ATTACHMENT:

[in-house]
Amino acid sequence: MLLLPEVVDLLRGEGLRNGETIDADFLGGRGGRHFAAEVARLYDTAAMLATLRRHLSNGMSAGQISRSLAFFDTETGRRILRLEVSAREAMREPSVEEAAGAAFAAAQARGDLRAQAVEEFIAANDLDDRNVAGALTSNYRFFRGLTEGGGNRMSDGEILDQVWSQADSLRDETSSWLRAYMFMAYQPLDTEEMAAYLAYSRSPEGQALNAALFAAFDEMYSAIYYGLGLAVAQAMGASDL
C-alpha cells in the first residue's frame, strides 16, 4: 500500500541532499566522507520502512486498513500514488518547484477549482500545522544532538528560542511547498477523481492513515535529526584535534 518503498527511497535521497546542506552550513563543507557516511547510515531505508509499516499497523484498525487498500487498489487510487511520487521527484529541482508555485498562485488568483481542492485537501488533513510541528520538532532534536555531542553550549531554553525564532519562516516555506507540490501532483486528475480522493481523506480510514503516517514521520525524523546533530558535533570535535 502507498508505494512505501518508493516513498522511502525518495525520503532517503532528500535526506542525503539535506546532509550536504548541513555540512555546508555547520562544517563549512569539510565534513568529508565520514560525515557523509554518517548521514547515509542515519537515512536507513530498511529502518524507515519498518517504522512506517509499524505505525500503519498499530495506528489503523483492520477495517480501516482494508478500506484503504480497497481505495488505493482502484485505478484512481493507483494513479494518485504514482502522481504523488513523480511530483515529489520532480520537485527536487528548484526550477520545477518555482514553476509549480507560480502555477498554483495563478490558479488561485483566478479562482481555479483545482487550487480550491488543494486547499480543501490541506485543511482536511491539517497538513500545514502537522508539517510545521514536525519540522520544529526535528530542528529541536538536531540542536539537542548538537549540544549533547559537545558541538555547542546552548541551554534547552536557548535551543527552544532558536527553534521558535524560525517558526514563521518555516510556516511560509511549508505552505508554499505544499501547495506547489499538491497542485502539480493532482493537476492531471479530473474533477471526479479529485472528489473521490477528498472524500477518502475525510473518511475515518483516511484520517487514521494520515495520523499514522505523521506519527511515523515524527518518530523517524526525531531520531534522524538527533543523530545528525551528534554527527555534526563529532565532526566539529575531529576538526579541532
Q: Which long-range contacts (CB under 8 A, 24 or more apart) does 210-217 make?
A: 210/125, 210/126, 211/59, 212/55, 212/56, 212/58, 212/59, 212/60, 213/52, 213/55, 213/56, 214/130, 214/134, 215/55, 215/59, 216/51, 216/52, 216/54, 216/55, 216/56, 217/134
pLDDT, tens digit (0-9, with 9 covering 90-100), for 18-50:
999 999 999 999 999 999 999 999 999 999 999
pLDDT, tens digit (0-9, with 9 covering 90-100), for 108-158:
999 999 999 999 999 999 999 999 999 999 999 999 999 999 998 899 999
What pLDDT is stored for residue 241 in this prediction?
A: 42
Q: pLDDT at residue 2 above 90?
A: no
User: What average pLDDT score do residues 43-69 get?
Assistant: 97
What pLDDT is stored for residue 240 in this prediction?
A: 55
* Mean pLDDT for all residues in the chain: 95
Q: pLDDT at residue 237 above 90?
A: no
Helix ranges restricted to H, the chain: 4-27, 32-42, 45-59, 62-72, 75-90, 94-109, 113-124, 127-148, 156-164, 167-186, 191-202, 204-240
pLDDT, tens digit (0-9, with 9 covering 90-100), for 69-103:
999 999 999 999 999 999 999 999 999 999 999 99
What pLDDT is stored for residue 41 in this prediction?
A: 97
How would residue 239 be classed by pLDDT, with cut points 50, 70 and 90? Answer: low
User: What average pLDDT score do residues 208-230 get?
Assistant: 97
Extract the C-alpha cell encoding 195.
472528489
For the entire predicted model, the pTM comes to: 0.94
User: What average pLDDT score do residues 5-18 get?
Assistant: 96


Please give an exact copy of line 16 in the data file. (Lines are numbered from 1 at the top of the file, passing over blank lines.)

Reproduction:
What pLDDT is stored for residue 240 in this prediction?